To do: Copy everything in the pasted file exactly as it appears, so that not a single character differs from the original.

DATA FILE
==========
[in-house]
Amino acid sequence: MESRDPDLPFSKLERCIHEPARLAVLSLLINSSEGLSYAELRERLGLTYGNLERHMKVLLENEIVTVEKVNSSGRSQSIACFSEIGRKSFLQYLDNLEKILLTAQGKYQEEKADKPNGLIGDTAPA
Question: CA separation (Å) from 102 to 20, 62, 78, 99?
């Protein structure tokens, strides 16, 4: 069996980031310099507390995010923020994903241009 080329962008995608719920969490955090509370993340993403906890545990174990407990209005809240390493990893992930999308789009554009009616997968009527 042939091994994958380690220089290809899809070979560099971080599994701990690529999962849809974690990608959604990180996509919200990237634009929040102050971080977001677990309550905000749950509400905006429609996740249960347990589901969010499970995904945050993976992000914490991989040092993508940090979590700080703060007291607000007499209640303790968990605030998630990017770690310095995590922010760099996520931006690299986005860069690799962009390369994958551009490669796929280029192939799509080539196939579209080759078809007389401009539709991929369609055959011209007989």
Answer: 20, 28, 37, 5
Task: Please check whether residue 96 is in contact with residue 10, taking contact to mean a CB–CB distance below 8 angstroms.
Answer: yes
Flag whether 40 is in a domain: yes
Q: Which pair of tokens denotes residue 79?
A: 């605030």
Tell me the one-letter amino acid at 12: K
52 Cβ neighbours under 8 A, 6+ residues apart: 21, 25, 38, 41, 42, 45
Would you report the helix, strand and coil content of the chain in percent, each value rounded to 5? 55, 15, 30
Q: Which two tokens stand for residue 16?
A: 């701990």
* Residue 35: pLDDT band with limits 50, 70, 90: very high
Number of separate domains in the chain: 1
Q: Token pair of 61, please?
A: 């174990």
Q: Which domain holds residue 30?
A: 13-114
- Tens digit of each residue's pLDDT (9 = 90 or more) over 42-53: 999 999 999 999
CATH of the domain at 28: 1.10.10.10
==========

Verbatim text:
[in-house]
Amino acid sequence: MESRDPDLPFSKLERCIHEPARLAVLSLLINSSEGLSYAELRERLGLTYGNLERHMKVLLENEIVTVEKVNSSGRSQSIACFSEIGRKSFLQYLDNLEKILLTAQGKYQEEKADKPNGLIGDTAPA
Question: CA separation (Å) from 102 to 20, 62, 78, 99?
């Protein structure tokens, strides 16, 4: 069996980031310099507390995010923020994903241009 080329962008995608719920969490955090509370993340993403906890545990174990407990209005809240390493990893992930999308789009554009009616997968009527 042939091994994958380690220089290809899809070979560099971080599994701990690529999962849809974690990608959604990180996509919200990237634009929040102050971080977001677990309550905000749950509400905006429609996740249960347990589901969010499970995904945050993976992000914490991989040092993508940090979590700080703060007291607000007499209640303790968990605030998630990017770690310095995590922010760099996520931006690299986005860069690799962009390369994958551009490669796929280029192939799509080539196939579209080759078809007389401009539709991929369609055959011209007989």
Answer: 20, 28, 37, 5
Task: Please check whether residue 96 is in contact with residue 10, taking contact to mean a CB–CB distance below 8 angstroms.
Answer: yes
Flag whether 40 is in a domain: yes
Q: Which pair of tokens denotes residue 79?
A: 């605030």
Tell me the one-letter amino acid at 12: K
52 Cβ neighbours under 8 A, 6+ residues apart: 21, 25, 38, 41, 42, 45
Would you report the helix, strand and coil content of the chain in percent, each value rounded to 5? 55, 15, 30
Q: Which two tokens stand for residue 16?
A: 């701990």
* Residue 35: pLDDT band with limits 50, 70, 90: very high
Number of separate domains in the chain: 1
Q: Token pair of 61, please?
A: 């174990």
Q: Which domain holds residue 30?
A: 13-114
- Tens digit of each residue's pLDDT (9 = 90 or more) over 42-53: 999 999 999 999
CATH of the domain at 28: 1.10.10.10